Bray Creek is a little mountain brook nestled in the arms of Arizona’s great escarpment, the Mogollon Rim. It breaks its way through the forested foothills and flows into Webber Creek, and thence eventually into the East Verde River. Close to its headwaters, near the Highline Trail, there is a lovely meadow of private land that attracted pioneers with squatter’s claims as soon as the threat of Apache attacks had ceased. In the latter decades of the 19th century, Rim Country settlers traded the hard work of living off the land for the joys of the area’s intense beauty and solitude.
The first man to settle on this creek was named Bray, and while he left his name on the stream he left no paper or genetic trail for us to trace. He was followed by the families Hilligas and Boardman, who grew vegetables and potatoes in the fertile soil along Bray Creek and packed them out on mules to sell in their Payson stores.
The next family to live there was that of George F. Stewart, who patented the land in 1924 and built a little log cabin. In the 1930s a man named Minear bought the property, replacing the cabin with a house.
The rays of the September sun were gentle due to a breeze off the Rim, and the spirited brook flowed a few feet away from where we sat. The year 1976, and I was conversing with retired Forest Ranger Harold Hulbert, who had owned the Bray Creek Ranch since 1955. His wife Addie Lee Hulbert and my wife Ruth were picking blackberries from the thick bushes that lined the creek.
Hulbert was telling me how the former owner, Minear, built the house in 1944 out of lumber from an old hotel at Roosevelt that had been owned by the Southern Pacific Railroad. They used to bring tourists up the Apache Trail to see the dam when it was new. Minear bought the hotel, tore it down and sold part of the lumber, using the rest of it to build his house on Bray Creek. The Hulberts bought the homestead when Harold, or Hal as he was called, retired from the Forest Service. During some of the time in retirement he had managed the Boy Scout Camp on Webber Creek.
The old ranger spoke slowly, with the wispy whistle of one whose teeth may not fit properly. The stone patio on which we rested was shaded by the house and was lined with metates and manos found in the area. Ruth and Addie came up from berry picking and she was making us all lemonade while she inserted clarifications to her husband’s narration. It was a delightful few hours, with a sense of being in touch with genuine history.
The aging process caught up with the couple, and no longer able to maintain the place they sold it to Mike Johns, the son of local doctor Richard Johns. The Hulberts moved into town.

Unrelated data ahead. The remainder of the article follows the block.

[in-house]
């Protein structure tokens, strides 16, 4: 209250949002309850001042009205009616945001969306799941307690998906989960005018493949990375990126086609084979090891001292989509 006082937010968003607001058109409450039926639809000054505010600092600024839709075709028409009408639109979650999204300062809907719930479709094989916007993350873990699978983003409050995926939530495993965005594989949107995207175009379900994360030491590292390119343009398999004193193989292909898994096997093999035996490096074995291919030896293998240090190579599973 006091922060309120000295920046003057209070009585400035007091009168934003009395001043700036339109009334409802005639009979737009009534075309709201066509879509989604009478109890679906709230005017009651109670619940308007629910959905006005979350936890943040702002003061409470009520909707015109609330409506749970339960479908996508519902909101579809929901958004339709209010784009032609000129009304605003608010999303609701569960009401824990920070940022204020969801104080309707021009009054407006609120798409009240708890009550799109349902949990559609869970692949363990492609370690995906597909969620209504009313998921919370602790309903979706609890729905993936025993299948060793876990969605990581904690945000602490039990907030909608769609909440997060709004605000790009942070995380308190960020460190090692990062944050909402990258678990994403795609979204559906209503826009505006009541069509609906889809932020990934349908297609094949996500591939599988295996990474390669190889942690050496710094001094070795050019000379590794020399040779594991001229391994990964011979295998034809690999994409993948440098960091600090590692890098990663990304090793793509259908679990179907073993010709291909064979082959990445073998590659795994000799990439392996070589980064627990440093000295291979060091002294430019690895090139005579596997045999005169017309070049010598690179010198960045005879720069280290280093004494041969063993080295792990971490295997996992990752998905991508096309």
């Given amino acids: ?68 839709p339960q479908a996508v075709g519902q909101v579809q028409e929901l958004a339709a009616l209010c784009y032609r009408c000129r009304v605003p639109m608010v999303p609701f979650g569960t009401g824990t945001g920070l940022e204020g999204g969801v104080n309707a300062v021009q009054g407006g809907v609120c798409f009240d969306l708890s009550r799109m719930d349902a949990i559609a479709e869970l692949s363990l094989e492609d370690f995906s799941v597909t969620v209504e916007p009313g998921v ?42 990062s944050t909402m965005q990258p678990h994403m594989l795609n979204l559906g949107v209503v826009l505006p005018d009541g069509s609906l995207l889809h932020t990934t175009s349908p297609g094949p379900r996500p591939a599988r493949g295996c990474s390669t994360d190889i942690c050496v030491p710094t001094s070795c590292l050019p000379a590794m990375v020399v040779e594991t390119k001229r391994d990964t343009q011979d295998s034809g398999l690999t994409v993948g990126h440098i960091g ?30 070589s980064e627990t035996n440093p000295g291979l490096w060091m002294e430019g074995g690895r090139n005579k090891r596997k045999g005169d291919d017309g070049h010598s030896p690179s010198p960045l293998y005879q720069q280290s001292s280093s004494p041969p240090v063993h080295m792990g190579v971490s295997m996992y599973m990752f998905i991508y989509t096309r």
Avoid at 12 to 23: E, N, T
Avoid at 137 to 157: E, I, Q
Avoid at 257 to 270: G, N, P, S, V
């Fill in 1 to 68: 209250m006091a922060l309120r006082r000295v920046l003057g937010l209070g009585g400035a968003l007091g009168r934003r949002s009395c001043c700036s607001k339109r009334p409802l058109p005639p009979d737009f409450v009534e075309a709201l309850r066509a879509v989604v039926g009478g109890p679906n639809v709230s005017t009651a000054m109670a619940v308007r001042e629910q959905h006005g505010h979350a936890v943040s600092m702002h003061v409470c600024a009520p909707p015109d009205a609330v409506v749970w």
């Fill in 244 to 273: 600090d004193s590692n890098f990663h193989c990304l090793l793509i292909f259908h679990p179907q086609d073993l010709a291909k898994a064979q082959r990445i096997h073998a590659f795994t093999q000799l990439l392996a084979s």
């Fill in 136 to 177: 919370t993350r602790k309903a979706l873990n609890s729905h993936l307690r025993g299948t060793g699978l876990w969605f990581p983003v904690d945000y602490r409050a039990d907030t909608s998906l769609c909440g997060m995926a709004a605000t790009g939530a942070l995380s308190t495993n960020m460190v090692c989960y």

As campers increased their presence along the Highline Trail, the threat of fires grew. On June 4, 1990 the fire watch ranger at the Baker Butte tower, Barbara Dalton, spotted smoke rising in the canyon. The weather was hot and dry, breaking all records. An abandoned campfire near the Highline Trail had spread and raced up the side of the Rim and over the top to threaten the Coconino Forest. Three days later 696 firefighters from 10 agencies brought it under control at a cost of $1,500,000. It had destroyed 633 acres. As you stand on the Rim at the head of the Bray Creek Canyon, amid the desolation fire causes, you read the sign that says, “Only you can prevent forest fires.” From the Payson area, you can see the barren vicinity marking the fire, half way between the East Verde River canyon and Milk Ranch Point.
Two weeks later the infamous Dude Fire began just 10 miles to the east.
Fortunately for the Bray Creek Ranch, the Forest Service created fire breaks around the property, because a series of nearby fires erupted in the following years. The Kehl (Springs) fire in December 2001, Packrat Fire in 2002, the Webber Fire in 2004 all threatened the ranch. Then on Feb. 6, 2006, another abandoned camp fire on the edge of the Rim raced down Bray Creek but stopped at the fuel break, burning 4,000 acres all around the ranch buildings.
After Harold Hulbert died, his widow Addie Lee made out a will in which she bequeathed to the Northern Gila County Historical Society their collection of Indian baskets, beadwork, prehistoric stone axes and arrow straighteners, fetishes, effigies, jewelry and bone tools, as well as a precious music box from her girlhood. In addition she willed 21 percent of her estate to the society, and after she died June 12, 1993, that income became a mainstay in the budget of the Rim Country Museum until the gift ran out.
NEXT: Butterfly Springs